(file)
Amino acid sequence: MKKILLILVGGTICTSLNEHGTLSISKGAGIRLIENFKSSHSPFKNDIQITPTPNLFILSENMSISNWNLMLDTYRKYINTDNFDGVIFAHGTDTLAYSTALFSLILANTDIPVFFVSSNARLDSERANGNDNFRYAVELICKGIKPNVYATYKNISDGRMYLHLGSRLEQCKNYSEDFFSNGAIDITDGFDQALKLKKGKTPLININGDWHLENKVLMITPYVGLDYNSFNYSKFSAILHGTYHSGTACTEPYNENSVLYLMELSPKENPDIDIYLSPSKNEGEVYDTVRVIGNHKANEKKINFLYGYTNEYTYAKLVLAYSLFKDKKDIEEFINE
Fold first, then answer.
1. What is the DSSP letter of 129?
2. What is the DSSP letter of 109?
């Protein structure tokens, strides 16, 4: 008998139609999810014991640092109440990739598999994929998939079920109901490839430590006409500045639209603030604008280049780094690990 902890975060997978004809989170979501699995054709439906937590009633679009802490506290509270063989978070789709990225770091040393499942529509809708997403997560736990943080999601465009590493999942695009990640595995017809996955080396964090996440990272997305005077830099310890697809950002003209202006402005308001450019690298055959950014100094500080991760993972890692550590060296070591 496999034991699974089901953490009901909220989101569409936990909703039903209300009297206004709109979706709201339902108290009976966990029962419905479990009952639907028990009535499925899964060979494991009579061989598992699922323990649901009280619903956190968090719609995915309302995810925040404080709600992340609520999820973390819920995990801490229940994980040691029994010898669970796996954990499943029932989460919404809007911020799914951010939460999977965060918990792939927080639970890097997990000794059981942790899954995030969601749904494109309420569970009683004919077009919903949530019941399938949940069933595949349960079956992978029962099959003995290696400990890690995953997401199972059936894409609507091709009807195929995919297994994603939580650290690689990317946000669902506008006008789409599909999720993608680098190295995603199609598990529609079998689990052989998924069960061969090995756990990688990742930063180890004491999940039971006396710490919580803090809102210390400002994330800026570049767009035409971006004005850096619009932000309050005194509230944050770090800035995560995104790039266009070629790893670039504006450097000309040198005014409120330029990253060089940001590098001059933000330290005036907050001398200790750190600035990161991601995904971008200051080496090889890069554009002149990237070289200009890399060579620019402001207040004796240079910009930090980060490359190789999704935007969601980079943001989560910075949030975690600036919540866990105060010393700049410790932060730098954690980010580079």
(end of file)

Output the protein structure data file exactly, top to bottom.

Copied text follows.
Amino acid sequence: MKKILLILVGGTICTSLNEHGTLSISKGAGIRLIENFKSSHSPFKNDIQITPTPNLFILSENMSISNWNLMLDTYRKYINTDNFDGVIFAHGTDTLAYSTALFSLILANTDIPVFFVSSNARLDSERANGNDNFRYAVELICKGIKPNVYATYKNISDGRMYLHLGSRLEQCKNYSEDFFSNGAIDITDGFDQALKLKKGKTPLININGDWHLENKVLMITPYVGLDYNSFNYSKFSAILHGTYHSGTACTEPYNENSVLYLMELSPKENPDIDIYLSPSKNEGEVYDTVRVIGNHKANEKKINFLYGYTNEYTYAKLVLAYSLFKDKKDIEEFINE
Fold first, then answer.
1. What is the DSSP letter of 129?
2. What is the DSSP letter of 109?
């Protein structure tokens, strides 16, 4: 008998139609999810014991640092109440990739598999994929998939079920109901490839430590006409500045639209603030604008280049780094690990 902890975060997978004809989170979501699995054709439906937590009633679009802490506290509270063989978070789709990225770091040393499942529509809708997403997560736990943080999601465009590493999942695009990640595995017809996955080396964090996440990272997305005077830099310890697809950002003209202006402005308001450019690298055959950014100094500080991760993972890692550590060296070591 496999034991699974089901953490009901909220989101569409936990909703039903209300009297206004709109979706709201339902108290009976966990029962419905479990009952639907028990009535499925899964060979494991009579061989598992699922323990649901009280619903956190968090719609995915309302995810925040404080709600992340609520999820973390819920995990801490229940994980040691029994010898669970796996954990499943029932989460919404809007911020799914951010939460999977965060918990792939927080639970890097997990000794059981942790899954995030969601749904494109309420569970009683004919077009919903949530019941399938949940069933595949349960079956992978029962099959003995290696400990890690995953997401199972059936894409609507091709009807195929995919297994994603939580650290690689990317946000669902506008006008789409599909999720993608680098190295995603199609598990529609079998689990052989998924069960061969090995756990990688990742930063180890004491999940039971006396710490919580803090809102210390400002994330800026570049767009035409971006004005850096619009932000309050005194509230944050770090800035995560995104790039266009070629790893670039504006450097000309040198005014409120330029990253060089940001590098001059933000330290005036907050001398200790750190600035990161991601995904971008200051080496090889890069554009002149990237070289200009890399060579620019402001207040004796240079910009930090980060490359190789999704935007969601980079943001989560910075949030975690600036919540866990105060010393700049410790932060730098954690980010580079």